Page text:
10. Jiang XQ, Zhang CQ, Lü PT, Jiang GM, Liu XW, Dai FW, Gao JP (2014) RhNAC3, a stress-associated NAC transcription factor, has a role in dehydration tolerance through regulating osmotic stress-related genes in rose petals. Plant Biotechnol J 12:38–48CrossRefGoogle Scholar
  11. Kim JB, Kang JY, Kim SY (2004) Over-expression of a transcription factor regulating ABA-responsive gene expression confers multiple stress tolerance. Plant Biotechnol J 2:459–466CrossRefGoogle Scholar
  12. Kim SH, Ahn YO, Ahn MJ, Lee HS, Kwak SS (2012) Down-regulation of β-carotene hydroxylase increases β-carotene and total carotenoids enhancing salt stress tolerance in transgenic cultured cells of sweetpotato. Phytochemistry 74:69–78CrossRefGoogle Scholar
  13. Kim SH, Kim YH, Ahn YO, Ahn MJ, Jeong JC, Lee HS, Kwak SS (2013) Downregulation of the lycopene ε-cyclase gene increases carotenoid synthesis via the β-branch-specific pathway and enhances salt-stress tolerance in sweetpotato transgenic calli. Physiol Plant 147:432–442CrossRefGoogle Scholar
  14. Kim SH, Jeong JC, Park S, Bae JY, Ahn MJ, Lee HS, Kwak SS (2014) Down-regulation of sweetpotato lycopene β-cyclase gene enhances tolerance to abiotic stress in transgenic calli. Mol Biol Rep 41:8137–8148CrossRefGoogle Scholar
  15. Krasensky J, Jonak C (2012) Drought, salt, and temperature stress-induced metabolic rearrangements and regulatory networks. J Exp Bot 63:1593–1608CrossRefGoogle Scholar
  16. Li RJ, Kang C, Song XJ, Yu L, Liu DG, He SZ, Zhai H, Liu QC (2017) A ζ-carotene desaturase gene, IbZDS, increases β-carotene and lutein contents and enhances salt tolerance in transgenic sweetpotato. Plant Sci 262:39–51CrossRefGoogle Scholar
  17. Liao Y, Zou H, Wei W, Hao YJ, Tian AG, Huang J, Liu YF, Zhang JS, Chen SY (2008) Soybean GmbZIP44, GmbZIP62 and GmbZIP78 genes function as negative regulator of ABA signaling and confer salt and freezing tolerance in transgenic Arabidopsis. Planta 228:225–240CrossRefGoogle Scholar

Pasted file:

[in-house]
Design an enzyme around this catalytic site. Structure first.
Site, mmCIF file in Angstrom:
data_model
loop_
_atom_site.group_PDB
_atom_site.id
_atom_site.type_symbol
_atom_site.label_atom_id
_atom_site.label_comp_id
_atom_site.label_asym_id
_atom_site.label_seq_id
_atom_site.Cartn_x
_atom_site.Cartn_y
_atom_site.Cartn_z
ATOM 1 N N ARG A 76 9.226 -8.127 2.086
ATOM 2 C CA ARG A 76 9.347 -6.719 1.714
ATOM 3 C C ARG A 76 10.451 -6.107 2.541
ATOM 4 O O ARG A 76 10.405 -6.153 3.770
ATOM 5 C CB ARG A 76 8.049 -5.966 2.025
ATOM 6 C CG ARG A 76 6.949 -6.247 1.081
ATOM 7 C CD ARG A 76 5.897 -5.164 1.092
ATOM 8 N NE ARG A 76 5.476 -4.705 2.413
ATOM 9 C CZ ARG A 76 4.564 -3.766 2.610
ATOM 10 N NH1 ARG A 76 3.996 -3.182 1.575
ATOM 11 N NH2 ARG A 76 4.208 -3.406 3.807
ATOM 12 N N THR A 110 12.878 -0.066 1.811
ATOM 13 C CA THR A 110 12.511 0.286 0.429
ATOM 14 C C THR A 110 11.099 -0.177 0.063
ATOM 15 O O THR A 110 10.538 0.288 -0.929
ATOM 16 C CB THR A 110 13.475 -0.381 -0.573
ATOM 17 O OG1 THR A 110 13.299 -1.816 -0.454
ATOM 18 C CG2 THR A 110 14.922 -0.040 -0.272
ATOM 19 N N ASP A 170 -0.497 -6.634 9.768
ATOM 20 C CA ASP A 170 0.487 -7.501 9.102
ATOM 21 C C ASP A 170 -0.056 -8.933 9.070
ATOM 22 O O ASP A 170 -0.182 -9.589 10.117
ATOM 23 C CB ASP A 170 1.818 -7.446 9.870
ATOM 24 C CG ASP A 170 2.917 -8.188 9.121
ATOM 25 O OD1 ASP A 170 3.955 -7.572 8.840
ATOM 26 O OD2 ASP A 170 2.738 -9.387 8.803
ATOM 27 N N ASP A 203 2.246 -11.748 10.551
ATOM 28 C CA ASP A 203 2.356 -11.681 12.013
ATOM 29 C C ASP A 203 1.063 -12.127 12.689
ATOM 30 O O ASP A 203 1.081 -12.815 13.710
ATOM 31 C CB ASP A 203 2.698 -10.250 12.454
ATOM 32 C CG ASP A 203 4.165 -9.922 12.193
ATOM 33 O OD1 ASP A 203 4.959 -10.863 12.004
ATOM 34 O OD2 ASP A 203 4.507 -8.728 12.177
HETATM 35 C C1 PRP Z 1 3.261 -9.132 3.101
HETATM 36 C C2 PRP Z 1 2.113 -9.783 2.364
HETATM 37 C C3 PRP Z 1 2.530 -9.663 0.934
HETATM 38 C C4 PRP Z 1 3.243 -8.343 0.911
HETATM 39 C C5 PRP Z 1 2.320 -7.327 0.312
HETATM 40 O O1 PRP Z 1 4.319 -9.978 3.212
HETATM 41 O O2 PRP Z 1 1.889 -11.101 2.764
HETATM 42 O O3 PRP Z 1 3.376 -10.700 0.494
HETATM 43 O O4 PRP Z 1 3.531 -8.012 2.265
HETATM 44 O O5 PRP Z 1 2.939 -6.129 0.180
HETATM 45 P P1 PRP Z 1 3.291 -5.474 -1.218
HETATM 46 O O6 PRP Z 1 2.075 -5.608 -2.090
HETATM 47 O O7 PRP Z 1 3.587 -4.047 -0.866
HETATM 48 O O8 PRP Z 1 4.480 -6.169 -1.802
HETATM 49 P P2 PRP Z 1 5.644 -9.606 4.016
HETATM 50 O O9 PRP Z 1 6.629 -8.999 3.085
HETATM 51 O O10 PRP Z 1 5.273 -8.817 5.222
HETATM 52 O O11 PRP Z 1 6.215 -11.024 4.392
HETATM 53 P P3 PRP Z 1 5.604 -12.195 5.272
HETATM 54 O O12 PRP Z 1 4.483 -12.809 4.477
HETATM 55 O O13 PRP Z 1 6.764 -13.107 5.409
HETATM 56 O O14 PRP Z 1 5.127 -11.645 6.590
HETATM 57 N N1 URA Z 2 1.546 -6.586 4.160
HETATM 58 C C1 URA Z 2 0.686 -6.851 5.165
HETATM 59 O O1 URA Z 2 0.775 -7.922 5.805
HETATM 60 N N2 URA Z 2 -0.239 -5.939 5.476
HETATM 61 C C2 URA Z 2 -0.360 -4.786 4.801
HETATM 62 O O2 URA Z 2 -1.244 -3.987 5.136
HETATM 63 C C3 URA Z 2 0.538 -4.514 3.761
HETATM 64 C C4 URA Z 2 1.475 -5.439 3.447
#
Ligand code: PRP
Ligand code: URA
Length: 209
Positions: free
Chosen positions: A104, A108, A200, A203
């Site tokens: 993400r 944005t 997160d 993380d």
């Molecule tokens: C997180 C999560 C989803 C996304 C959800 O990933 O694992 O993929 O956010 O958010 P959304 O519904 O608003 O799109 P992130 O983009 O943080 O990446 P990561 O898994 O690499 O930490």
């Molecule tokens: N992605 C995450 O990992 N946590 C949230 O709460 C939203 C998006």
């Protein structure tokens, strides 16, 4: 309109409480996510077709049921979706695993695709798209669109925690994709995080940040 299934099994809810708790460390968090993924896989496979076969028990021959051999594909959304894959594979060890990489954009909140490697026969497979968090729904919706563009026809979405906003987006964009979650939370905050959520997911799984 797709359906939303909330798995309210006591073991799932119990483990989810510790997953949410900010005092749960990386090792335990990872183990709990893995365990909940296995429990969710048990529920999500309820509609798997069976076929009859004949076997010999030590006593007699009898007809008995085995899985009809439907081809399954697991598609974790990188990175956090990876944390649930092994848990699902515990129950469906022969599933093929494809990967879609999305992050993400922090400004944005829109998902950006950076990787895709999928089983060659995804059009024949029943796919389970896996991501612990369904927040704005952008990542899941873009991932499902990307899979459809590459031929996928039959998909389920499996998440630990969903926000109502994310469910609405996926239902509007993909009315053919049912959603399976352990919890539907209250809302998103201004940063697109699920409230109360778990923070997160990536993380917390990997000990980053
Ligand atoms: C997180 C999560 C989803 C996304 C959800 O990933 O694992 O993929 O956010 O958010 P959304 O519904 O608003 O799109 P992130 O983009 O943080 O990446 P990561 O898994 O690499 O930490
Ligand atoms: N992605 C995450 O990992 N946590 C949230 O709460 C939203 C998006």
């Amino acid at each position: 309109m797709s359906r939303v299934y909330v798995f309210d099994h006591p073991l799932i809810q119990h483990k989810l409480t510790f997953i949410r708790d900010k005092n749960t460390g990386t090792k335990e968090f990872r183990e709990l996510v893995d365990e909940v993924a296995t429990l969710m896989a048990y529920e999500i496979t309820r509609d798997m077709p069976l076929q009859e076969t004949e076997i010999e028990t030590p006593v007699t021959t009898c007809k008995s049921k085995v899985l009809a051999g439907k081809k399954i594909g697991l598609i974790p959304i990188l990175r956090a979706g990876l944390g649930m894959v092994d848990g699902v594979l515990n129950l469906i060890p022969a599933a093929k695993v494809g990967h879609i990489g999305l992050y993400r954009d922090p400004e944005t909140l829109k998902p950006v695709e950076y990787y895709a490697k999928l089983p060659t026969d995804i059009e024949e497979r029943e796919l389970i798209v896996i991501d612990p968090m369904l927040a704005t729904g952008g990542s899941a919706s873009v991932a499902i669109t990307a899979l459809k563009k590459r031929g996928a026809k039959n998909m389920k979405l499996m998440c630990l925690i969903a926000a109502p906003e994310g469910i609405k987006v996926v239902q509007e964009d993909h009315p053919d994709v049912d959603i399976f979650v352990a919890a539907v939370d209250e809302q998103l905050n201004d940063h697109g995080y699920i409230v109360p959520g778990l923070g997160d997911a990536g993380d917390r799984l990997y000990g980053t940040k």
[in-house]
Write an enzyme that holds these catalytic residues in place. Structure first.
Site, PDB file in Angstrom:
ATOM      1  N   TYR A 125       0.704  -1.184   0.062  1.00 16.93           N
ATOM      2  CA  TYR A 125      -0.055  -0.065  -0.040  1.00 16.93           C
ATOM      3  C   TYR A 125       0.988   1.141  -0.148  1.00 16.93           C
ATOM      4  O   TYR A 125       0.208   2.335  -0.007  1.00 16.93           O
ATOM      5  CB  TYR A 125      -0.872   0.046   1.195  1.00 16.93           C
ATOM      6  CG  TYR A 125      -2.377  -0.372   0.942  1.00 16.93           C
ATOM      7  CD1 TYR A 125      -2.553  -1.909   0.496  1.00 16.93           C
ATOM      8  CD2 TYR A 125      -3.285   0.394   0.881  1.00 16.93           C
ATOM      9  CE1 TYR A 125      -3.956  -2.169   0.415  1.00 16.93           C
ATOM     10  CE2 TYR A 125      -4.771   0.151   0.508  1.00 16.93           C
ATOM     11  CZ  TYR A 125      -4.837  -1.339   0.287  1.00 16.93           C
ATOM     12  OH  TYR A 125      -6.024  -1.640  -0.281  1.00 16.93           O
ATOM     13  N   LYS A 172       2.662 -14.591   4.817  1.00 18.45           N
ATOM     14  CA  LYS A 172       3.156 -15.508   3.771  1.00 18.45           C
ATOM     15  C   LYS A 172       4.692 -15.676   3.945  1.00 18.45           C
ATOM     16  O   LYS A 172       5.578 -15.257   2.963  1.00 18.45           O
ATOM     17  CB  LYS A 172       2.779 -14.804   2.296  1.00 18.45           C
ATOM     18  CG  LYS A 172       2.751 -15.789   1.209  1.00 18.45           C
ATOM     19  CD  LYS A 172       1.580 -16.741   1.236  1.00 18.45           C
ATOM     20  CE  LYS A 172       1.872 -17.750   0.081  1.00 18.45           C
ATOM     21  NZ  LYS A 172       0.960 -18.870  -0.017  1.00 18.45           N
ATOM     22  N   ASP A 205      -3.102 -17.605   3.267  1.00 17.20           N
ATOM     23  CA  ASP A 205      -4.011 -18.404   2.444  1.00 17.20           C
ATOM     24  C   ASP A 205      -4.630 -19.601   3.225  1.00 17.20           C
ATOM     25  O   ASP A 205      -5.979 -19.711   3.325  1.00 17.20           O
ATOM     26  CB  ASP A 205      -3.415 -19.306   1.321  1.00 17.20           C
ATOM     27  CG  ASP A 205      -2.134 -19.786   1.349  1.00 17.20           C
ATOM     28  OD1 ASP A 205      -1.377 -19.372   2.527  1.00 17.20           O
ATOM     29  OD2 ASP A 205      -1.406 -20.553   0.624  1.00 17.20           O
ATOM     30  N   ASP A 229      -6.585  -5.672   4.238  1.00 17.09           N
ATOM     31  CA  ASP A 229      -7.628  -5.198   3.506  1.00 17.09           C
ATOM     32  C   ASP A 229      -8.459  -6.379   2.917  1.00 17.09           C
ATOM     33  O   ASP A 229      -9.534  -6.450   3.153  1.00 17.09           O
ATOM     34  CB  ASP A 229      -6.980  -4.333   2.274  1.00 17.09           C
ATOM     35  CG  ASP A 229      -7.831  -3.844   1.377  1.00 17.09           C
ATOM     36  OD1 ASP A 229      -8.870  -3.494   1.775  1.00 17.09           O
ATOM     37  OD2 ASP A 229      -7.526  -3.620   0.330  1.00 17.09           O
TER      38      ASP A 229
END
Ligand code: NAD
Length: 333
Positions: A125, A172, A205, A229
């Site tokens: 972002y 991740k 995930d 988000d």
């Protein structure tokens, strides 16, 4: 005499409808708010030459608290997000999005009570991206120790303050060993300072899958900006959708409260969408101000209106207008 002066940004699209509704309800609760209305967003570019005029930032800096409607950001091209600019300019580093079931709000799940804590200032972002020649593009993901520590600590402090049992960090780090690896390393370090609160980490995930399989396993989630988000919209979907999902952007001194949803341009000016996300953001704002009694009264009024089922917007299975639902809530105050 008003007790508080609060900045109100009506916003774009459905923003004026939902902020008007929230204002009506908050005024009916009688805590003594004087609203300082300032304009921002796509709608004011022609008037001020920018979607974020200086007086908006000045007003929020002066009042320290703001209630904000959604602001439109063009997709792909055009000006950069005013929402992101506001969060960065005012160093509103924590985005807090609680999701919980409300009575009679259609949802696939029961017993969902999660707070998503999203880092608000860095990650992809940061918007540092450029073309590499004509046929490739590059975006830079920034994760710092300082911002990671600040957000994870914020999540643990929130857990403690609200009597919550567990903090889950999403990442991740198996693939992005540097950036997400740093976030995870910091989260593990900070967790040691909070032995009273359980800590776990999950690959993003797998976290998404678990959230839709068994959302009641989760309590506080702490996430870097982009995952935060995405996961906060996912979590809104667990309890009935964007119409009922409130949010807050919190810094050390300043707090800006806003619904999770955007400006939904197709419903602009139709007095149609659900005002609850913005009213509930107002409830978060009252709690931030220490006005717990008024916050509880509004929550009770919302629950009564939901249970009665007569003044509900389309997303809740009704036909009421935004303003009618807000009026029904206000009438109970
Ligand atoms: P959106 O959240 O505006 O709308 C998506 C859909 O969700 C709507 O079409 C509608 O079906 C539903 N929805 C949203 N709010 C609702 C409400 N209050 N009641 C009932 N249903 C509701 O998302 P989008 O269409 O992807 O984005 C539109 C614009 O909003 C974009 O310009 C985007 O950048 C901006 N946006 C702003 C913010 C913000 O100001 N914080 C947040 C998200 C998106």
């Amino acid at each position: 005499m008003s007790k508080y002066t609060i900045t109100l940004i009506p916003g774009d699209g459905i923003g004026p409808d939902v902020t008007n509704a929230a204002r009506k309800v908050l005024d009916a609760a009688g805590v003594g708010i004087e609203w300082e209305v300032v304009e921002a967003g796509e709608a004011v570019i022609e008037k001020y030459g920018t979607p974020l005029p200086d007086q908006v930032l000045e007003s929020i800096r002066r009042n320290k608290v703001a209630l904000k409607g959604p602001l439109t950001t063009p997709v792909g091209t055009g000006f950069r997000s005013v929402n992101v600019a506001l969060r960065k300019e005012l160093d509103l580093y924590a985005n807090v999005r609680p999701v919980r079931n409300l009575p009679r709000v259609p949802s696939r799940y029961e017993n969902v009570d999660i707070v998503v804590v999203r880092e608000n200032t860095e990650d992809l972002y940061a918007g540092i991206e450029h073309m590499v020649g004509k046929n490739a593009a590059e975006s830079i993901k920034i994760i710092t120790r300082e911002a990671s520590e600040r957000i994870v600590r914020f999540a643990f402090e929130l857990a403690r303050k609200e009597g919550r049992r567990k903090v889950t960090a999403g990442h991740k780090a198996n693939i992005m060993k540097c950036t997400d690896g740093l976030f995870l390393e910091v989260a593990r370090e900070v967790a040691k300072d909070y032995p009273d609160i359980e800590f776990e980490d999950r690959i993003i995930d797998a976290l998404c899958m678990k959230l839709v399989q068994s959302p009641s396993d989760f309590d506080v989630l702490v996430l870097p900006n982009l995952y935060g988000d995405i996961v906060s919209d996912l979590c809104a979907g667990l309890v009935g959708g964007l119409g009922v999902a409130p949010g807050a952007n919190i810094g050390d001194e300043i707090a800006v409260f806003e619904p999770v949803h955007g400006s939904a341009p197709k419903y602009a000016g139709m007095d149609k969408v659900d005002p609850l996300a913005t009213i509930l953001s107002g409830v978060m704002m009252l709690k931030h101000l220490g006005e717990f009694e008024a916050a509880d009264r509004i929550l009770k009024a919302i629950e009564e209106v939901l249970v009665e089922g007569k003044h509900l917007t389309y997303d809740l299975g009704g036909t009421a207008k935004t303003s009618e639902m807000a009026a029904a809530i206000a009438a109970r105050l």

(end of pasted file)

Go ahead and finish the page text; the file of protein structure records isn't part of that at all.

18. Lindemose S, O’Shea C, Jensen MK, Skriver K (2013) Structure, function and networks of transcription factors involved in abiotic stress responses. Int J Mol Sci 14:5842–5878CrossRefGoogle Scholar
  19. Liu CT, Wu YB, Wang XP (2012) bZIP transcription factor OsbZIP52/RISBZ5: a potential negative regulator of cold and drought stress response in rice. Planta 235:1157–1169CrossRefGoogle Scholar
  20. Liu XX, Zhai SM, Zhao YJ, Sun BC, Liu C, Yang AF, Zhang JR (2013) Overexpression of the phosphatidylinositol synthase gene (ZmPIS) conferring drought stress tolerance by altering membrane lipid composition and increasing ABA synthesis in maize. Plant, Cell Environ 36:1037–1055CrossRefGoogle Scholar
  21. Liu CT, Mao BG, Ou SJ, Wang W, Liu LC, Wu YB, Chu CC, Wang XP (2014a) OsbZIP71, a bZIP transcription factor, confers salinity and drought tolerance in rice. Plant Mol Biol 84:19–36CrossRefGoogle Scholar
  22. Liu DG, He SZ, Zhai H, Wang LJ, Zhao Y, Wang B, Li RJ, Liu QC (2014b) Overexpression of IbP5CR enhances salt tolerance in transgenic sweetpotato. Plant Cell, Tissue Organ Cult 117:1–16CrossRefGoogle Scholar
  23. Liu DG, Wang LJ, Liu CL, Song XJ, He SZ, Zhai H, Liu QC (2014c) An Ipomoea batatas iron-sulfur cluster scaffold protein gene, IbNFU1, is involved in salt tolerance. PLoS ONE 9:e93935CrossRefGoogle Scholar
  24. Liu DG, Wang LJ, Zhai H, Song XJ, He SZ, Liu QC (2014d) A novel a/b-hydrolase gene IbMas enhances salt tolerance in transgenic sweetpotato. PLoS ONE 9:e115128CrossRefGoogle Scholar
  25. Liu DG, He SZ, Song XJ, Zhai H, Liu N, Zhang DD, Ren ZT, Liu QC (2015) IbSIMT1, a novel salt-induced methyltransferase gene from Ipomoea batatas, is involved in salt tolerance. Plant Cell, Tissue Organ Cult 120:701–715CrossRefGoogle Scholar
  26. Lu GJ, Gao CX, Zheng XN, Han B (2009) Identification of OsbZIP72 as a positive regulator of ABA response and drought tolerance in rice. Planta 229:605–615CrossRefGoogle Scholar
  27. Mehrotra R, Bhalothia P, Bansal P, Basantani MK, Bharti V, Mehrotra S (2014) Abscisic acid and abiotic stress tolerance—different tiers of regulation. J Plant Physiol 171:486–496CrossRefGoogle Scholar
  28. Munns R, Tester M (2008) Mechanisms of salinity tolerance. Annu Rev Plant Biol 59:651–681CrossRefGoogle Scholar
  29. Schmittgen TD, Livak KJ (2008) Analyzing real-time PCR data by the comparative C T method. Nat Protoc 3:1101–1108CrossRefGoogle Scholar
  30. Sripinyowanich S, Klomsakul P, Boonburapong B, Bangyeekhun T, Asami T, Gu HY, Buaboocha T, Chadchawan S (2013) Exogenous ABA induces salt tolerance in indica rice (Oryza sativa L.): the role of OsP5CS1 and OsP5CR gene expression during salt stress. Environ Exp Bot 86:94–105CrossRefGoogle Scholar
  31. Sun XL, Li Y, Cai H, Bai X, Ji W, Ding XD, Zhu YM (2012) The Arabidopsis AtbZIP1 transcription factor is a positive regulator of plant tolerance to salt, osmotic and drought stresses. J Plant Res 125:429–438CrossRefGoogle Scholar